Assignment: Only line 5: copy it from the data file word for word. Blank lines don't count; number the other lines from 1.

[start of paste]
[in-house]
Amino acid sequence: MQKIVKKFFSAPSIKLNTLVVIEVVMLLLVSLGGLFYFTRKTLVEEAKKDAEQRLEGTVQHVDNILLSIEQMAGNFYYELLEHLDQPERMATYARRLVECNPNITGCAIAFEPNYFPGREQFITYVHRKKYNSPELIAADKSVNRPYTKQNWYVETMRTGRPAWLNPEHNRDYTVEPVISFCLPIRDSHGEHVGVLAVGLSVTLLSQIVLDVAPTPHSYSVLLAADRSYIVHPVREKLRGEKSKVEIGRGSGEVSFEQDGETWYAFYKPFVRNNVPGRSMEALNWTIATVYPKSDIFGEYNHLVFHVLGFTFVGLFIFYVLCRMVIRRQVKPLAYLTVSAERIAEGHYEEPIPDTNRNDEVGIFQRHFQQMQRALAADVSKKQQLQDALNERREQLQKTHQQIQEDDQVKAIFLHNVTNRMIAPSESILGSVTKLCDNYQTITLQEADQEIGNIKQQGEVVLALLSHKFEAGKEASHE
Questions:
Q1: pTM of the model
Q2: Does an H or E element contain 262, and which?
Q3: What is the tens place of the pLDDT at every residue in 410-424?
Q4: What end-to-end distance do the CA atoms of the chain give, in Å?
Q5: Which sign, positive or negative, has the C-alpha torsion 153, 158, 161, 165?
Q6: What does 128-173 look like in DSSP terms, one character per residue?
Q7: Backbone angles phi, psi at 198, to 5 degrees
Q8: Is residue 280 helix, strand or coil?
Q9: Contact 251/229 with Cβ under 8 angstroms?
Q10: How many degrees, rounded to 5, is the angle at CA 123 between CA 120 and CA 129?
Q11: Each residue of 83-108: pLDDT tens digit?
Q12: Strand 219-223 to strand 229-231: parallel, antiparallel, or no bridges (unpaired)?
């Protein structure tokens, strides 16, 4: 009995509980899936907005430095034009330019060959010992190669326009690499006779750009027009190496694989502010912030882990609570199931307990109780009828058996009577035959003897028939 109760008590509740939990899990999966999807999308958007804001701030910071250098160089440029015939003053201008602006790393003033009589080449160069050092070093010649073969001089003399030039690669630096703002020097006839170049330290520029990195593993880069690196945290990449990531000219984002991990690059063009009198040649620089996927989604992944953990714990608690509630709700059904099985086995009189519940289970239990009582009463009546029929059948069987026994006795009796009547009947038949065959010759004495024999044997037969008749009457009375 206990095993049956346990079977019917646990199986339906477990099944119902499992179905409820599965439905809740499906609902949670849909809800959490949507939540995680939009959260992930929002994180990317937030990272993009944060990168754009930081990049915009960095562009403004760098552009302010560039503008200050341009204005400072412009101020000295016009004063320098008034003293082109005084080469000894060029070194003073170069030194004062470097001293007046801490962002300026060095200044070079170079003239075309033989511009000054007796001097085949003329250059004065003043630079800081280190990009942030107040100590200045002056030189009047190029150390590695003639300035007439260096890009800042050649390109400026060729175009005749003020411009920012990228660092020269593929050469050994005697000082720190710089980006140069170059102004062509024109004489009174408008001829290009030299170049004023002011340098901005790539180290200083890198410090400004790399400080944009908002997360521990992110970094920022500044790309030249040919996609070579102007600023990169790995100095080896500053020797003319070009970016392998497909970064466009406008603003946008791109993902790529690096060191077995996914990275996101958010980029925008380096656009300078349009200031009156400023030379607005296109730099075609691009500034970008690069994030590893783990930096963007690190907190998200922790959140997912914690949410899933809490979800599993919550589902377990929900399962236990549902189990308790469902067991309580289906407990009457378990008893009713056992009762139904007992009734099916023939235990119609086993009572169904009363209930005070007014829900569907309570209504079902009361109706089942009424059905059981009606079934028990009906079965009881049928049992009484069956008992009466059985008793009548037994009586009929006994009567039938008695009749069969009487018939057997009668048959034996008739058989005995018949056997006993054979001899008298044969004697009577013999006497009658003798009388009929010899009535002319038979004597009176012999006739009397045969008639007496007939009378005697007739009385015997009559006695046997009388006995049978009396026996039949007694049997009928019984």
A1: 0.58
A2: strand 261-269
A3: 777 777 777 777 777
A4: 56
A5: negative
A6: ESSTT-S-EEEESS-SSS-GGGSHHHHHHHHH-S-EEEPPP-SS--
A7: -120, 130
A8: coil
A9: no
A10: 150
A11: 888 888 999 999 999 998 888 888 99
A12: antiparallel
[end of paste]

Q2: Does an H or E element contain 262, and which?